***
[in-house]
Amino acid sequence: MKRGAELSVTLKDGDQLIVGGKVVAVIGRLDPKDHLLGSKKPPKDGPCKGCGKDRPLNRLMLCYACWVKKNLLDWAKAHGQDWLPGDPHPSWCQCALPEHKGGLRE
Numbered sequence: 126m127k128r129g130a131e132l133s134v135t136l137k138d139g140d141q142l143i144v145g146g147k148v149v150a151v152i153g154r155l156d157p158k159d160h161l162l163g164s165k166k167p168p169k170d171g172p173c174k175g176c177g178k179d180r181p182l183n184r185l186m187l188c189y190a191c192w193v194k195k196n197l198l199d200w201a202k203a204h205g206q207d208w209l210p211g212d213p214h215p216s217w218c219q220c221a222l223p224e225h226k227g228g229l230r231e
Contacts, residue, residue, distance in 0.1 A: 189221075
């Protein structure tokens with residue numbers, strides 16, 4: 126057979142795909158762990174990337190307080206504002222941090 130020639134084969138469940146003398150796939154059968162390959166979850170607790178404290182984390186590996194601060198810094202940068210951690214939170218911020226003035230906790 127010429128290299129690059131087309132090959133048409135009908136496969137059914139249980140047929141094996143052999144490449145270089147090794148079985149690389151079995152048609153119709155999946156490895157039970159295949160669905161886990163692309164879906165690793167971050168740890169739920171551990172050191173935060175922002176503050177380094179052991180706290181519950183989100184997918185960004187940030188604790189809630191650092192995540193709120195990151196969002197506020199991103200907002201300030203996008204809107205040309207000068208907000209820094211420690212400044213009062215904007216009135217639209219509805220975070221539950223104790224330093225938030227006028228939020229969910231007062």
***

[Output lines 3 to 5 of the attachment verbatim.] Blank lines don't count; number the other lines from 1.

Numbered sequence: 126m127k128r129g130a131e132l133s134v135t136l137k138d139g140d141q142l143i144v145g146g147k148v149v150a151v152i153g154r155l156d157p158k159d160h161l162l163g164s165k166k167p168p169k170d171g172p173c174k175g176c177g178k179d180r181p182l183n184r185l186m187l188c189y190a191c192w193v194k195k196n197l198l199d200w201a202k203a204h205g206q207d208w209l210p211g212d213p214h215p216s217w218c219q220c221a222l223p224e225h226k227g228g229l230r231e
Contacts, residue, residue, distance in 0.1 A: 189221075
């Protein structure tokens with residue numbers, strides 16, 4: 126057979142795909158762990174990337190307080206504002222941090 130020639134084969138469940146003398150796939154059968162390959166979850170607790178404290182984390186590996194601060198810094202940068210951690214939170218911020226003035230906790 127010429128290299129690059131087309132090959133048409135009908136496969137059914139249980140047929141094996143052999144490449145270089147090794148079985149690389151079995152048609153119709155999946156490895157039970159295949160669905161886990163692309164879906165690793167971050168740890169739920171551990172050191173935060175922002176503050177380094179052991180706290181519950183989100184997918185960004187940030188604790189809630191650092192995540193709120195990151196969002197506020199991103200907002201300030203996008204809107205040309207000068208907000209820094211420690212400044213009062215904007216009135217639209219509805220975070221539950223104790224330093225938030227006028228939020229969910231007062």